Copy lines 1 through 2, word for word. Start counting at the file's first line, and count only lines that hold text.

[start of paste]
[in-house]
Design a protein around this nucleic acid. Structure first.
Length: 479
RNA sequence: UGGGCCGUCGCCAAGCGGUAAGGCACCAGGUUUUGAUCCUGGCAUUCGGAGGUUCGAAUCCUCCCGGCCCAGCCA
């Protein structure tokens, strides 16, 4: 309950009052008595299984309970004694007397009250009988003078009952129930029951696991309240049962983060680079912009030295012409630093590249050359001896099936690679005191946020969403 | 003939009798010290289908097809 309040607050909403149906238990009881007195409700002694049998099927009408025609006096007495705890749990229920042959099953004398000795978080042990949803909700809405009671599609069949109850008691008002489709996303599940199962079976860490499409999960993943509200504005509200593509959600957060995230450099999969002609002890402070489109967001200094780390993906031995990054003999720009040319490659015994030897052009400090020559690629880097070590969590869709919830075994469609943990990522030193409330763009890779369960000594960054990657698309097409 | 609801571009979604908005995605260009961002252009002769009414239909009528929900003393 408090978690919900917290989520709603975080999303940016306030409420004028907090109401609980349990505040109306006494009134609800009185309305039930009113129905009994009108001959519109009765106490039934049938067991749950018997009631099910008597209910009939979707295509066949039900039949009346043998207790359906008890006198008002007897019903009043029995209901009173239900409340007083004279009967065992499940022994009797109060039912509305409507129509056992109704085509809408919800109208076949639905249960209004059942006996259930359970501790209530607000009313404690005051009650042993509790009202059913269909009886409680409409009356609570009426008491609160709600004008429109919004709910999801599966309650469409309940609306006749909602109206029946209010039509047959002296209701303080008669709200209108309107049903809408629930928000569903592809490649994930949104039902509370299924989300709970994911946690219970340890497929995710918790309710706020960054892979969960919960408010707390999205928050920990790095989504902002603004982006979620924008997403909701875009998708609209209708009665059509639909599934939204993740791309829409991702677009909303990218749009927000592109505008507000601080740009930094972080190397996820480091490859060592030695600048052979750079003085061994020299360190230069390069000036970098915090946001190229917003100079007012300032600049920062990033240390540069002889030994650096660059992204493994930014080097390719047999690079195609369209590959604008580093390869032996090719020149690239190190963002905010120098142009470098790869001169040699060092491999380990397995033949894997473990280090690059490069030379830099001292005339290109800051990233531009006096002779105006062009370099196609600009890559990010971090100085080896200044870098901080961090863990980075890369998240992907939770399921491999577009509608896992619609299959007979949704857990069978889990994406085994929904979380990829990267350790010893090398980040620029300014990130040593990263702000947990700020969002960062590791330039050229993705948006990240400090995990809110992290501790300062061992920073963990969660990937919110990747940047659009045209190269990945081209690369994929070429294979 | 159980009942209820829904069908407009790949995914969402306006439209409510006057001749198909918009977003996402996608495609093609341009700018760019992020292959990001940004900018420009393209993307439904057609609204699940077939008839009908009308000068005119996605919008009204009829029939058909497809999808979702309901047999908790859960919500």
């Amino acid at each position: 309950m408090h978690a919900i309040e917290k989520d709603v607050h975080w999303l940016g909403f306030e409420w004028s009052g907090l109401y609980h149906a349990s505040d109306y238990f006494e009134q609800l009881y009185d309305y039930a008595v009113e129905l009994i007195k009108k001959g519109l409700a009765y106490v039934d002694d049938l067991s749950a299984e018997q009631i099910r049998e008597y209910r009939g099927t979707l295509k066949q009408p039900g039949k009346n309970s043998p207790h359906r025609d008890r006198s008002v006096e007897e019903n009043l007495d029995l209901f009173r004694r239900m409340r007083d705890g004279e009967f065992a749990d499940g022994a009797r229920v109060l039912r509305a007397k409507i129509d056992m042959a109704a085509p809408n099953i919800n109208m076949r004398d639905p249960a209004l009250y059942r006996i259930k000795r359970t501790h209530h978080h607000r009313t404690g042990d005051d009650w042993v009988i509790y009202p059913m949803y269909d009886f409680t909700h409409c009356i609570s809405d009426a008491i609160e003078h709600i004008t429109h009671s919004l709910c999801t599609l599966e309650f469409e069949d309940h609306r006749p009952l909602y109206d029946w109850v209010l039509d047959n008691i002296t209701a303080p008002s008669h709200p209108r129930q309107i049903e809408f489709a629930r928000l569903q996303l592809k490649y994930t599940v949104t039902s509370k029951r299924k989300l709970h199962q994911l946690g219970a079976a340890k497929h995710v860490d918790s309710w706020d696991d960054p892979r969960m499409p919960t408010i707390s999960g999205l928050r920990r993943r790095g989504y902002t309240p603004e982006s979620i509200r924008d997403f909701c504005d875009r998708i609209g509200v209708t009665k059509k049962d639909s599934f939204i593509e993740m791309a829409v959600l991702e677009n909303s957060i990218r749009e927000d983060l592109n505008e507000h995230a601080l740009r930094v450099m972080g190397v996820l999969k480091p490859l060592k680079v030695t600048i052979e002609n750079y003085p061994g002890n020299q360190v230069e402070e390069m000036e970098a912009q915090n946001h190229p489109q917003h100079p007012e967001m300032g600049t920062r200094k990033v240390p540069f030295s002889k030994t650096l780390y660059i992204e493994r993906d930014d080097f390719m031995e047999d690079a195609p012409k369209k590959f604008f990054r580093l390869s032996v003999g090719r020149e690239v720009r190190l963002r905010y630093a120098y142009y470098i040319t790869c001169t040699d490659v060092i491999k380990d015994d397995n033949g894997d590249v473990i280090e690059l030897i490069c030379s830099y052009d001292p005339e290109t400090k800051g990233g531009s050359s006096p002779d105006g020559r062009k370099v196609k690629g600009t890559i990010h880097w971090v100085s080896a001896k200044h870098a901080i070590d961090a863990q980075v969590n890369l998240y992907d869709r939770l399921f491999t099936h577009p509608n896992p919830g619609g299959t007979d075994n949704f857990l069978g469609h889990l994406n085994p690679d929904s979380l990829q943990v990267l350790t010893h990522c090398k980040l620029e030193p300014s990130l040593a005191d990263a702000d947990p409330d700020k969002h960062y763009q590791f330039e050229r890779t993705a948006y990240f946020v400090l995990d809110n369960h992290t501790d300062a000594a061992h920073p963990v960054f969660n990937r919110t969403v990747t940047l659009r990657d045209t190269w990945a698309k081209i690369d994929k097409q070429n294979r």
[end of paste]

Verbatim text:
[in-house]
Design a protein around this nucleic acid. Structure first.